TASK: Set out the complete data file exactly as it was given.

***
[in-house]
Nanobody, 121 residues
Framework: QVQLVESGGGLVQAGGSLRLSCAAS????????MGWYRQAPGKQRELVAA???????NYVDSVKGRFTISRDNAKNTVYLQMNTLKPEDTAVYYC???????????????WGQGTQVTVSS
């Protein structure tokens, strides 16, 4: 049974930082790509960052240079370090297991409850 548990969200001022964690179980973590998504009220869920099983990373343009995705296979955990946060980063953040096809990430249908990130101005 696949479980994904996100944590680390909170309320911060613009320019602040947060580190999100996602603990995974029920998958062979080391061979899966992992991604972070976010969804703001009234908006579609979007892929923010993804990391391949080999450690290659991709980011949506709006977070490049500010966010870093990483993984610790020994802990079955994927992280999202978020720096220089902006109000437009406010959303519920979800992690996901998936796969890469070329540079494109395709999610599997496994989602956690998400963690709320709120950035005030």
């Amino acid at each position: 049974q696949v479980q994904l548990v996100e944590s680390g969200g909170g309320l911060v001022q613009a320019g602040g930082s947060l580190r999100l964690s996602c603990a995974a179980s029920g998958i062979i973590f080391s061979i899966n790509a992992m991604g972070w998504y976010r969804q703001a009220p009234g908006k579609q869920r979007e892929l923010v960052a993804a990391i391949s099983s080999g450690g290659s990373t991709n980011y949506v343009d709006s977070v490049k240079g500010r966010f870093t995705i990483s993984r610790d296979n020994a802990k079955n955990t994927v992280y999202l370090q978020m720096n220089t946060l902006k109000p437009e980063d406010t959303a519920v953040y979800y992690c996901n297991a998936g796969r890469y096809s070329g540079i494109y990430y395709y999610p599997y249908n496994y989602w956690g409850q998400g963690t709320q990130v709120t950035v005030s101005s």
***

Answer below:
[in-house]
Nanobody, 121 residues
Framework: QVQLVESGGGLVQAGGSLRLSCAAS????????MGWYRQAPGKQRELVAA???????NYVDSVKGRFTISRDNAKNTVYLQMNTLKPEDTAVYYC???????????????WGQGTQVTVSS
């Protein structure tokens, strides 16, 4: 049974930082790509960052240079370090297991409850 548990969200001022964690179980973590998504009220869920099983990373343009995705296979955990946060980063953040096809990430249908990130101005 696949479980994904996100944590680390909170309320911060613009320019602040947060580190999100996602603990995974029920998958062979080391061979899966992992991604972070976010969804703001009234908006579609979007892929923010993804990391391949080999450690290659991709980011949506709006977070490049500010966010870093990483993984610790020994802990079955994927992280999202978020720096220089902006109000437009406010959303519920979800992690996901998936796969890469070329540079494109395709999610599997496994989602956690998400963690709320709120950035005030």
């Amino acid at each position: 049974q696949v479980q994904l548990v996100e944590s680390g969200g909170g309320l911060v001022q613009a320019g602040g930082s947060l580190r999100l964690s996602c603990a995974a179980s029920g998958i062979i973590f080391s061979i899966n790509a992992m991604g972070w998504y976010r969804q703001a009220p009234g908006k579609q869920r979007e892929l923010v960052a993804a990391i391949s099983s080999g450690g290659s990373t991709n980011y949506v343009d709006s977070v490049k240079g500010r966010f870093t995705i990483s993984r610790d296979n020994a802990k079955n955990t994927v992280y999202l370090q978020m720096n220089t946060l902006k109000p437009e980063d406010t959303a519920v953040y979800y992690c996901n297991a998936g796969r890469y096809s070329g540079i494109y990430y395709y999610p599997y249908n496994y989602w956690g409850q998400g963690t709320q990130v709120t950035v005030s101005s």